Right of Conscience

January 8, 2019
Oil Bubbles July 31, 2018

“Lord,” Martha said to Jesus, “If you had been here, my brother would not have died. But I know that even now God will give you whatever you ask” (John 11:21-22, NIV 1984).

He spoke softly but confidently, without bitterness, as he described how he had been removed as chief of psychiatry at his medical university because he had voiced concern over the psychological effects of transgender transformation. It was he who had built the department from four psychiatrists to 17, and the 17 had voted him out. As I left the auditorium, another physician’s husband stopped me, “Do you know my wife may soon be incarcerated?” He then described a new bill moving through their state’s legislature that will make it a crime for physicians not to refer their pregnant patients for abortions when they ask.

American life is not the way it used to be. Healthcare is not the way it used to be. Once upon a time, healthcare professionals of faith could serve with conscience and be applauded. Now, as healthcare professionals across our nation have experienced, our right of conscience and our freedom of speech are being pushed aside by louder voices, voices for non-biblical life style choices. Initially, we were told to accept these choices; and then we were told to approve the lifestyles; and finally, in many areas of our country, we are being pushed to participate. A recent article in a major oncology journal accused Christian doctors of “toxic abandonment” for not referring their patients for physician-assisted suicide, as if opponents of physician-assisted suicide were the morally repugnant ones. We seem to be losing the social struggle, and God is not fixing things.

Martha felt that way once. “Lord, if you had been here, my brother would not have died.” Wounded healthcare professionals throughout our country have been crying out, “If you had been here…” in their struggle for right of conscience.

“If you had been here, I could have followed my conscience and not lost my job.”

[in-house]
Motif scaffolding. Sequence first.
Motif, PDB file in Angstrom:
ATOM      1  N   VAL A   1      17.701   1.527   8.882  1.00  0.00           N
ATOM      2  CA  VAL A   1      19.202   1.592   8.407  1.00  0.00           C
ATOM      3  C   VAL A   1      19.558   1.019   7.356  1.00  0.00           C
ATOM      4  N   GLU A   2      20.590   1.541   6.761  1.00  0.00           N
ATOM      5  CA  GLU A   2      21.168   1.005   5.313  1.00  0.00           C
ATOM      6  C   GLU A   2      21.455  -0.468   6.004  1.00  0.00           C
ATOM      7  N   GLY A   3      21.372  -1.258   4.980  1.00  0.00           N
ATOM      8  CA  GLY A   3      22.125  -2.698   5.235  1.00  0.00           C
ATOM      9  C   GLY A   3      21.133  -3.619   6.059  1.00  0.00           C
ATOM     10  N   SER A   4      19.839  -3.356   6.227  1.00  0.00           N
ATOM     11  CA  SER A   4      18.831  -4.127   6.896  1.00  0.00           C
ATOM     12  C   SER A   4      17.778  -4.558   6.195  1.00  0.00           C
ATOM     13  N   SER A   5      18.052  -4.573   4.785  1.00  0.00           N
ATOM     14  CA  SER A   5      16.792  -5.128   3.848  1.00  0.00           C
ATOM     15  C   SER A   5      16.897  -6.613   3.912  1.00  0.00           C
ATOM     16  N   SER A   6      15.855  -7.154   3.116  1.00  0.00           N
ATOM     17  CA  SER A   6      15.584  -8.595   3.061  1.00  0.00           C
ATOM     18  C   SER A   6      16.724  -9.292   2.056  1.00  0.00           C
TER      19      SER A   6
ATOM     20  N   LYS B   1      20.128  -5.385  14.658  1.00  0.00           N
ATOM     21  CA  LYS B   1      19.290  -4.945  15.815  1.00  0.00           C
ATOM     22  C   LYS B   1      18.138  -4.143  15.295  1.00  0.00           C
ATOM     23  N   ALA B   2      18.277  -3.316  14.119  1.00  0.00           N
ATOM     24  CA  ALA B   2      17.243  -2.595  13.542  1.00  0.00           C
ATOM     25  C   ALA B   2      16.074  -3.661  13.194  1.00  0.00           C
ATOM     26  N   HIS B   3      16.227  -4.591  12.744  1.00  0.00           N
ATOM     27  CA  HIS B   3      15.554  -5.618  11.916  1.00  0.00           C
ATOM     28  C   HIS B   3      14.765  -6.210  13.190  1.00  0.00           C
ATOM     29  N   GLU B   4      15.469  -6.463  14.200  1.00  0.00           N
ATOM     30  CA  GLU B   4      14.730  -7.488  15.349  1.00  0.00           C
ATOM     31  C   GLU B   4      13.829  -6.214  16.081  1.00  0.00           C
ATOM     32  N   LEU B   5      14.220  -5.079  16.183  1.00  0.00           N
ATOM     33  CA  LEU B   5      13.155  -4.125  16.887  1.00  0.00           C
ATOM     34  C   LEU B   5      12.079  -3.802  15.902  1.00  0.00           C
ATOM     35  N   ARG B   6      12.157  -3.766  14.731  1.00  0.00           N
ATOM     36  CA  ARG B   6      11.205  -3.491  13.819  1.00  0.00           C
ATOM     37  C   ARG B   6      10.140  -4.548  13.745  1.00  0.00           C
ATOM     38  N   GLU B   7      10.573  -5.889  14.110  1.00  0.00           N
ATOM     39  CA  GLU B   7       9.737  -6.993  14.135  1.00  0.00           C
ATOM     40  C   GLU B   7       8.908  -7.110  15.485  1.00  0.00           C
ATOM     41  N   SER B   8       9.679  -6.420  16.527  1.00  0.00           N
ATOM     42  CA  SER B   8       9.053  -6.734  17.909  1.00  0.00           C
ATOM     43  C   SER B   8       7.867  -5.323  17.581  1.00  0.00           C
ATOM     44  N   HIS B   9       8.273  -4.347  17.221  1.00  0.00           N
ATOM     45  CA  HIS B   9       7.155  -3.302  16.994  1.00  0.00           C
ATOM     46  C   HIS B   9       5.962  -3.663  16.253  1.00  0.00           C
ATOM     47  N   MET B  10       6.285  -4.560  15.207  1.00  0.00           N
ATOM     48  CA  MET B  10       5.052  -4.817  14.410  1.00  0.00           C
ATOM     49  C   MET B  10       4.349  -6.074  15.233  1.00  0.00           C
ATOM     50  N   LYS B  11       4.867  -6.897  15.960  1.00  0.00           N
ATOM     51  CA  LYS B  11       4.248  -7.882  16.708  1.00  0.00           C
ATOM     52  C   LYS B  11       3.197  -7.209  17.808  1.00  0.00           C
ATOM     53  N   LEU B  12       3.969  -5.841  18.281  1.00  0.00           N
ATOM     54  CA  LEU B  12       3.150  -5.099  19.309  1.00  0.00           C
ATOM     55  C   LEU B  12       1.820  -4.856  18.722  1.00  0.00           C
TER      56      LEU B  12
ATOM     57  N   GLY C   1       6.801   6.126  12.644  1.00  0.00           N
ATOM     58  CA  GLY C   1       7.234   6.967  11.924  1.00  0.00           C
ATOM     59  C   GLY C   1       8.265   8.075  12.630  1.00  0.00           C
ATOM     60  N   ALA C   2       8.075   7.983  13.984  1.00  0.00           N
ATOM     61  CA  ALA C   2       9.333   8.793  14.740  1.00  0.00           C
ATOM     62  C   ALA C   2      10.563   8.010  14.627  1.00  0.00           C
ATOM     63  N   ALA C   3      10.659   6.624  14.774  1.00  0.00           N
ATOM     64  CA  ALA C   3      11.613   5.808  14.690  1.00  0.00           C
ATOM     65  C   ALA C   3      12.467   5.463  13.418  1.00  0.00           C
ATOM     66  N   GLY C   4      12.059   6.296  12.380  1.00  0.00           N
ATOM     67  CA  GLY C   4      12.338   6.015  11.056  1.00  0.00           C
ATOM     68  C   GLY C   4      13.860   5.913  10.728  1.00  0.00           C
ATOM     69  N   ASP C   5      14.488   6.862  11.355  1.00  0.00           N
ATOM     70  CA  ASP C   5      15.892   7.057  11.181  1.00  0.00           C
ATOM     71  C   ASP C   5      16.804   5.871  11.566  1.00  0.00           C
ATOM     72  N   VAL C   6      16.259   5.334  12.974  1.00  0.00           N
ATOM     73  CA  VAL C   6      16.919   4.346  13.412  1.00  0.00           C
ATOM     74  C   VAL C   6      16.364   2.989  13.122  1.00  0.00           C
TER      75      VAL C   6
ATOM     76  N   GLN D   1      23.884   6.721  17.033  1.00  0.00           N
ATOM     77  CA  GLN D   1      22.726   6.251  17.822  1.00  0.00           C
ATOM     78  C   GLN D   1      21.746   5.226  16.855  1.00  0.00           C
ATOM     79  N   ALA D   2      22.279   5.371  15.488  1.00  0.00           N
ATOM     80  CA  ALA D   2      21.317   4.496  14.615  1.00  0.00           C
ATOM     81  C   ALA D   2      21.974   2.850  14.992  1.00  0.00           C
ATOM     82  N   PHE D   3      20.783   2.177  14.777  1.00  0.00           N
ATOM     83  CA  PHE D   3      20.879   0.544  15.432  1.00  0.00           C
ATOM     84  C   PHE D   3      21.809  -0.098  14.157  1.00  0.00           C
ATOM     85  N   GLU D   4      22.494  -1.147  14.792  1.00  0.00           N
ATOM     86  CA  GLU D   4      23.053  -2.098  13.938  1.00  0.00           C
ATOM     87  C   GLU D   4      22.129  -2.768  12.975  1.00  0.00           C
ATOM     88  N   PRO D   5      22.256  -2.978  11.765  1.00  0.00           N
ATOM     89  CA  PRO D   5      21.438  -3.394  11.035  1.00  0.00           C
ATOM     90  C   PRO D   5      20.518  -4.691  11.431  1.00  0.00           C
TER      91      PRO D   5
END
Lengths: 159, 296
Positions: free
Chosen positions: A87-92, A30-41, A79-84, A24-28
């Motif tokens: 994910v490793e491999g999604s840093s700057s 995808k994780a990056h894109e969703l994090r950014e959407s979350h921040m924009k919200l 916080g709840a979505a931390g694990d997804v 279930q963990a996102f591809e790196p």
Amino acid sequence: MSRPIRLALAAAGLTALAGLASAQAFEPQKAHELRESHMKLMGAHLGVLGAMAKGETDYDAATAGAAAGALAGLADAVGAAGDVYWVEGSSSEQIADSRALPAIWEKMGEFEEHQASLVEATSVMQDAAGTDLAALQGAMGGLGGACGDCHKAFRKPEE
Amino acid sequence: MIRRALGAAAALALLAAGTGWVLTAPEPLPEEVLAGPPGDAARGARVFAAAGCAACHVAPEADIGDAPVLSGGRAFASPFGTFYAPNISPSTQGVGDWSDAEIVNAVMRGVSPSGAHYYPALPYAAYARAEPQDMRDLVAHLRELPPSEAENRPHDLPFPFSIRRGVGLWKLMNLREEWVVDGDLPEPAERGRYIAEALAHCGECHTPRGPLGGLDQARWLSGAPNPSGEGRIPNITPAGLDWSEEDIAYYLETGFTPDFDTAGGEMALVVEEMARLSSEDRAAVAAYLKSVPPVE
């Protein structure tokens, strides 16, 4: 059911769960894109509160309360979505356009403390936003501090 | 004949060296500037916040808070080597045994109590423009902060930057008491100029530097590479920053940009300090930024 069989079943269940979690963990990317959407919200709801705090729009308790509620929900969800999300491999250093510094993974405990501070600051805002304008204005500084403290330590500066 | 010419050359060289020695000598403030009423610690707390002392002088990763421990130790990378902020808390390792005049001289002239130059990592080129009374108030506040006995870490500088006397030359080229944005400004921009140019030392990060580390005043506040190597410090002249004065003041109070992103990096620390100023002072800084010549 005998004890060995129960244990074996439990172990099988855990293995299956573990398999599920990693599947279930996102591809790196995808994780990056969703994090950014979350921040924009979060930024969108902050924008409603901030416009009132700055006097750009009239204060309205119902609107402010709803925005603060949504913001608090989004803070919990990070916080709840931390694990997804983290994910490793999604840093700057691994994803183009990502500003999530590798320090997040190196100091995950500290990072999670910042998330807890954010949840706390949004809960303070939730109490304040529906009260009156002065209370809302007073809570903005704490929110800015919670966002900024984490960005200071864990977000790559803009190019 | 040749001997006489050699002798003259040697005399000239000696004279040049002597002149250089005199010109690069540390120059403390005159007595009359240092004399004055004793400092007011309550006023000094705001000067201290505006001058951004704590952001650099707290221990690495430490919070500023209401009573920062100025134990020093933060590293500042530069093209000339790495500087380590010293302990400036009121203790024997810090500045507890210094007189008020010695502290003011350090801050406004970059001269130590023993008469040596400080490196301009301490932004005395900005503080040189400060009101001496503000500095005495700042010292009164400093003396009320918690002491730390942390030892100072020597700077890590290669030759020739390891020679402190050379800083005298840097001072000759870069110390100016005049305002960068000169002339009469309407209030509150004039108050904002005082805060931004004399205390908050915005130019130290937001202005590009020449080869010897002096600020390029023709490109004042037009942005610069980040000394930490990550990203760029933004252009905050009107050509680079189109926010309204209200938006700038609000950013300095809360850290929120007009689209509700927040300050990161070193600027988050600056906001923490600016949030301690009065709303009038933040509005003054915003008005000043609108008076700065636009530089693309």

“If you had been here, that would not have passed our legislature.”
“If you had been here, I would not have to face this alone.”
“If you had been here, I could still practice my profession with joy, caring for others with my conscience formed by the revealed Word of God instead of cultural democracy.”
“If you had been here….”

The beautiful thing about Martha’s statement is the way she continues. “If you had been here…” flows directly into, “But I know….”

Our right of conscience is certainly being challenged by a world that wants its own way. Some are truly crying out, “If you had been here, Lord….”

“But I know”—God called us to touch the suffering in His name. We serve for His purpose, not ours.
“But I know”—The non-biblical life is slavery and not freedom. We must continue to lift our voices for freedom.
“But I know”—Even more than before, our colleagues and our patients need to see Christ in a broken world.
“But I know”—God is not confused by cultural chaos.

Our right of conscience will be challenged, and you or I might be the next to face the struggle. “But I know” when it is my turn to stand, I am not alone. Many of God’s faithful, including CMDA, will stand with me as a voice and as a defender.

“If you had been here…but I know.”

Healthcare in our land will never be as once it was; Christians will continue to stand up for God’s truth and continue to be wounded.

“…I know whom I have believed, and am convinced that he is able to guard what I have entrusted to him for that day” (2 Timothy 1:12, NIV 1984).

Dear Father,
I know you are here and I am not afraid.

Al Weir, MD

Al Weir, MD

After leaving academic medicine, Dr. Weir served in private practice at the West Clinic in Memphis, Tennessee from 1991-2005 before joining the CMDA staff as Vice President of Campus & Community Ministries where he served for three years from 2005-2008. He is presently Professor of Medicine at the University of Tennessee Health Science Center and Program Director for the Hematology/Oncology fellowship program. He is also President of Albanian Health Fund, an educational ministry to Albania where he has been serving for 20 years. He is the author of two books: When Your Doctor Has Bad News and Practice by the Book. Dr. Weir’s work has also been published in many medical journals and other publications. Al and his wife Becky live in Memphis, Tennessee, and they have three children and three grandchildren. Dr. Weir is currently serving on CMDA's Board of Trustees.